However, I want to get to the meat of the subject of any horn, and that is the SOUND!!! To me, I personally do not care about whether or not the ergonomics of a saxophone is better than another, or its value as a collector's item is more than another, I care about the SOUND!! I am a player, not a collector. I don't give a damn about ergonomics, serial numbers, mouthpieces, or other bullshit that so many people get caught up in. In the end, it's all about the SOUND!!! If you have chosen your horn for any other reason than this, then maybe you should reevaluate why you are playing. The lessons I learned from my father and my teachers was that it's always about the SOUND!!! I can't emphasize this enough.
The sound is where the Conn really stands above all the rest. The sound is big. This despite the fact that the circumference of the bell is smaller than the bells of modern horns. The sound is rich and deep. The sound is soulful. Furthermore, the sound has breadth and depth that few horns I've played can equal. In fact, until recently, I haven't played any sax that even comes close. Not even the vaunted Mark VI. However, lately, there are a couple of new sax manufacturers that have taken a hint from these great old horns and constructed some new horns based on these. I will write reviews of these later. However, the Conn 6M, and its big brothers will always hold their own against any of the horns that have come along since. The Conn has the kind of tone that can span many styles and generations. It is a horn that can play whatever I want, from swing to bebop, to funk to soul, and so much more. If I was given the choice of only owning one saxophone, this would be it.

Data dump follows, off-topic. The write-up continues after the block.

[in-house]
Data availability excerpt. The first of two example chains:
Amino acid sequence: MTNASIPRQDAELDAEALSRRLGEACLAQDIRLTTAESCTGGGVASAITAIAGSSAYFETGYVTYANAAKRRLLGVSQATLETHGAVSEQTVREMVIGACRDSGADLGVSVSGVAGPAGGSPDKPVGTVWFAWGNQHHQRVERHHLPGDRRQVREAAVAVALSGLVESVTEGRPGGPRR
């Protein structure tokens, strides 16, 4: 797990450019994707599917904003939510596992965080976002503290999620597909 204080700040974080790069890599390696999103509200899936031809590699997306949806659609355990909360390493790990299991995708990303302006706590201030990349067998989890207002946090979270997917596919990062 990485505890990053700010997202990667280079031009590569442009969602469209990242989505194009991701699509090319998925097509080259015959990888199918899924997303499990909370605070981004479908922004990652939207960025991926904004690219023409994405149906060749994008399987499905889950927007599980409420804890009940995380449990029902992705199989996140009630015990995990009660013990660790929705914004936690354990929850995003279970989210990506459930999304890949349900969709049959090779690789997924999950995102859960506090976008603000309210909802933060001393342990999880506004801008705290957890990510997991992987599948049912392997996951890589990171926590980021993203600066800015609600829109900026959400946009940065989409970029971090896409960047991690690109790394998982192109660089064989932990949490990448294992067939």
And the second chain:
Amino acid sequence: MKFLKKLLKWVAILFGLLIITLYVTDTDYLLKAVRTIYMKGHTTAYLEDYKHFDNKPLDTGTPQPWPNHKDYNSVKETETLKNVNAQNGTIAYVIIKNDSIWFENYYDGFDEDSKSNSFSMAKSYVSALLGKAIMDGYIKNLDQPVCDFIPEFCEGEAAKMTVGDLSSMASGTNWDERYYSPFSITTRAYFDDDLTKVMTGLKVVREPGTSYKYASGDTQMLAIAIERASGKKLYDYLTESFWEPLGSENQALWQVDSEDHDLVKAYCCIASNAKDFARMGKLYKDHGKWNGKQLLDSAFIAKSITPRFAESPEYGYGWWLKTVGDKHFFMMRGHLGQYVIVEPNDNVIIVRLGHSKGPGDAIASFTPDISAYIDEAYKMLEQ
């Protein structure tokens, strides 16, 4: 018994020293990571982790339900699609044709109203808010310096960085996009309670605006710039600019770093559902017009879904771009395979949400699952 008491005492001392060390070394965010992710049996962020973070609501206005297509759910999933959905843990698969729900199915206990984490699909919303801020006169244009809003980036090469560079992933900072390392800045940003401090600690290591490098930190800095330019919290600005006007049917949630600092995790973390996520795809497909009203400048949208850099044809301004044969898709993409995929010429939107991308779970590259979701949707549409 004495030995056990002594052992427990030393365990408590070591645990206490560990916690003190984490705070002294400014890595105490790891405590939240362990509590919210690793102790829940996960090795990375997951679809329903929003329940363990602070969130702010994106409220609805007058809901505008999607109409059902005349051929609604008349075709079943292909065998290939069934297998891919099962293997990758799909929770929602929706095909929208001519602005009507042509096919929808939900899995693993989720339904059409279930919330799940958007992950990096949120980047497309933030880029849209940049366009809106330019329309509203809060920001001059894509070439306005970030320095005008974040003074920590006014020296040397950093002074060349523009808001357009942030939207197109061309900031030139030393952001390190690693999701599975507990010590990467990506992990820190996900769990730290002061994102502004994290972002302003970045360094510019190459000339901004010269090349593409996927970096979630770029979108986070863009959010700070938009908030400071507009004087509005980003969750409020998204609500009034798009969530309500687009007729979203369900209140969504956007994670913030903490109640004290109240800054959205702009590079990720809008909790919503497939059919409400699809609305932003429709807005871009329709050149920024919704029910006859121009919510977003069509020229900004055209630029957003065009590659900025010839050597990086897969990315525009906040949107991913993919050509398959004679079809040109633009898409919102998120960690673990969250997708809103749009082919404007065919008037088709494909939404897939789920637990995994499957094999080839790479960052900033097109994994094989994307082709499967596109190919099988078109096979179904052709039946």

So there it is. If I was asked what the best saxophone ever made was, my answer would be the Conn M series. For all those who would say the Mark VI, you're entitled to your opinion. I have played some very good VI's, but I haven't played anything that comes lose to my Conn, with the exception of a 1954 Martin, a 1964 Mark VI, and a 1956 King Super 20. However, the Conn still wins, and it also gets the advantage in consistency. To be sure, they're not all the same, but I haven't played one that didn't sound great, at least when it was properly set up. For me, the Conn is still worth looking into when you are checking out vintage horns. I know a few players who will play nothing else. In fact, I have a friend who swore by his Yanigasawa until he managed to get hold of a 6M. He told me that while it took him a little while to get used to the mechanism, his sound became stronger yet smoother and "sexier". He said that a woman he had been interested in for some time finally came up to him and commented that his sound was different and she liked it. Looks like the "lady" brought him some luck,
In the end, it's still all about the SOUND!!!